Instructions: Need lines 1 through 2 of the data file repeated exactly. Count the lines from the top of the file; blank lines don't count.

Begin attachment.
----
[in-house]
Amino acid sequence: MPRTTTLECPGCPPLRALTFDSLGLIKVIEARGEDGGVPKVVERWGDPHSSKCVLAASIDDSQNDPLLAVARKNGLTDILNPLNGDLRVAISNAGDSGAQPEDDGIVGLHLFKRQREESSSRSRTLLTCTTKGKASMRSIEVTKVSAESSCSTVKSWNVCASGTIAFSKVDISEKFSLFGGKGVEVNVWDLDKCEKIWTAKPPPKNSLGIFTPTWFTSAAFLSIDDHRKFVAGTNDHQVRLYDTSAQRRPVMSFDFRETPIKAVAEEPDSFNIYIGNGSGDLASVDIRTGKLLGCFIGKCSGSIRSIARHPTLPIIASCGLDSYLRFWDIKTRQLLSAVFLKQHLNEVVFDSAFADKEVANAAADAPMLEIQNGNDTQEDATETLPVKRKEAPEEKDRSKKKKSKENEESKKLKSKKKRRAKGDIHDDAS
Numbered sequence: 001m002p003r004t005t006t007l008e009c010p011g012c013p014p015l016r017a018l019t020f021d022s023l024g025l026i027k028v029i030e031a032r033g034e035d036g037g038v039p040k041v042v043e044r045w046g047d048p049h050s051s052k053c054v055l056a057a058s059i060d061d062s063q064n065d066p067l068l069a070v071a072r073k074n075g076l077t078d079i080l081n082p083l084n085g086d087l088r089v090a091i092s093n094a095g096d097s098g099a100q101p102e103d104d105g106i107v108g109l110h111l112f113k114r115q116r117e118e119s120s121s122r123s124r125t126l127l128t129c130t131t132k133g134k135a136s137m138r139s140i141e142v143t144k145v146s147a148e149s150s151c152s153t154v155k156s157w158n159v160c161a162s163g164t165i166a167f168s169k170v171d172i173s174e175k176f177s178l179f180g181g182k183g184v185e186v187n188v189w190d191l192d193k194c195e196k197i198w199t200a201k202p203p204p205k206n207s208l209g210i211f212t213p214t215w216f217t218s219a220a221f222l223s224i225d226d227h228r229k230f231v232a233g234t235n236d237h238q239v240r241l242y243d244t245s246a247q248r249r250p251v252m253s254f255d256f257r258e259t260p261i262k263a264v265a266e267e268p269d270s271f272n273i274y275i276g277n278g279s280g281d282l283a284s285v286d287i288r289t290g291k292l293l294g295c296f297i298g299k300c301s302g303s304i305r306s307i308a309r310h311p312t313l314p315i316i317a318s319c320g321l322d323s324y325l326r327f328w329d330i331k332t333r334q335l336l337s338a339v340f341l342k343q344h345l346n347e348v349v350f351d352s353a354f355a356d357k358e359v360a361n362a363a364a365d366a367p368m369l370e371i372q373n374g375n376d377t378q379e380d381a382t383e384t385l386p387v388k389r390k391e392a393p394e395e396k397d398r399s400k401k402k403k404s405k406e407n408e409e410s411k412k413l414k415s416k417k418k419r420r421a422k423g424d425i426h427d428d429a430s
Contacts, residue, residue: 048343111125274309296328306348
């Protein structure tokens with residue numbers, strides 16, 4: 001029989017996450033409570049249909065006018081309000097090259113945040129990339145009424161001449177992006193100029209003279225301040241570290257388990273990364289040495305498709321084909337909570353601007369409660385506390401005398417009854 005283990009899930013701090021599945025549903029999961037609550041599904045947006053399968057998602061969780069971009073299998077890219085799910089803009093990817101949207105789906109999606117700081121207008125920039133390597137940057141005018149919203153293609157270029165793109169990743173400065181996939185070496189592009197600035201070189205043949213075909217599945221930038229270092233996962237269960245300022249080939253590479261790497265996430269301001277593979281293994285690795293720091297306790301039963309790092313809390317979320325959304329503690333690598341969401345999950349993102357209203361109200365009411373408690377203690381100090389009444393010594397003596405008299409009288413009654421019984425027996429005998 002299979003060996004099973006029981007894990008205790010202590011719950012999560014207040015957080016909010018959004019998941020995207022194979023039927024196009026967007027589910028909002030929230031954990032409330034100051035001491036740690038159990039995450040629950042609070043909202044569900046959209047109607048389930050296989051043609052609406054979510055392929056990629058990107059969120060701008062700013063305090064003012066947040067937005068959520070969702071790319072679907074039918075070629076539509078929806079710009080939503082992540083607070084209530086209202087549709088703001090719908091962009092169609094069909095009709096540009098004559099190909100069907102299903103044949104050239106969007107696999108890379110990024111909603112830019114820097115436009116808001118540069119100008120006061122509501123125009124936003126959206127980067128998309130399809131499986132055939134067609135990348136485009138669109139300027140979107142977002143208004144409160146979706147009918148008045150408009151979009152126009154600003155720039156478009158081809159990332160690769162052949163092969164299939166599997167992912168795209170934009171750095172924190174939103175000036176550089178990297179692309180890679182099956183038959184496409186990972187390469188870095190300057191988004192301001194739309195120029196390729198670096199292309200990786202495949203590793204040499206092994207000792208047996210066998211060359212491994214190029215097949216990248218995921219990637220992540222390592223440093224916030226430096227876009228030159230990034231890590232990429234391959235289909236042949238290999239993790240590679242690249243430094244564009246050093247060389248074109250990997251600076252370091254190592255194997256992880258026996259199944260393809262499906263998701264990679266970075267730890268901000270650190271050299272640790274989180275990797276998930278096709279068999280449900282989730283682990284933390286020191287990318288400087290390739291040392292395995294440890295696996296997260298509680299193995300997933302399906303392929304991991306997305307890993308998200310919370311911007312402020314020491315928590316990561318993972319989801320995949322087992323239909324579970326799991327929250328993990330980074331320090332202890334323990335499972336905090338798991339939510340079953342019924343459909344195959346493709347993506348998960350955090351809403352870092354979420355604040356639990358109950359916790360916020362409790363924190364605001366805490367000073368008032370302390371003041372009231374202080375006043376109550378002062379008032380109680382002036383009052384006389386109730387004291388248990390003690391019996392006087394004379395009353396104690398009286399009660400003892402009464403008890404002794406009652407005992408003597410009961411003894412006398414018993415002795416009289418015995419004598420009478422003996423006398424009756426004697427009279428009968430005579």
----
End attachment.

[in-house]
Amino acid sequence: MPRTTTLECPGCPPLRALTFDSLGLIKVIEARGEDGGVPKVVERWGDPHSSKCVLAASIDDSQNDPLLAVARKNGLTDILNPLNGDLRVAISNAGDSGAQPEDDGIVGLHLFKRQREESSSRSRTLLTCTTKGKASMRSIEVTKVSAESSCSTVKSWNVCASGTIAFSKVDISEKFSLFGGKGVEVNVWDLDKCEKIWTAKPPPKNSLGIFTPTWFTSAAFLSIDDHRKFVAGTNDHQVRLYDTSAQRRPVMSFDFRETPIKAVAEEPDSFNIYIGNGSGDLASVDIRTGKLLGCFIGKCSGSIRSIARHPTLPIIASCGLDSYLRFWDIKTRQLLSAVFLKQHLNEVVFDSAFADKEVANAAADAPMLEIQNGNDTQEDATETLPVKRKEAPEEKDRSKKKKSKENEESKKLKSKKKRRAKGDIHDDAS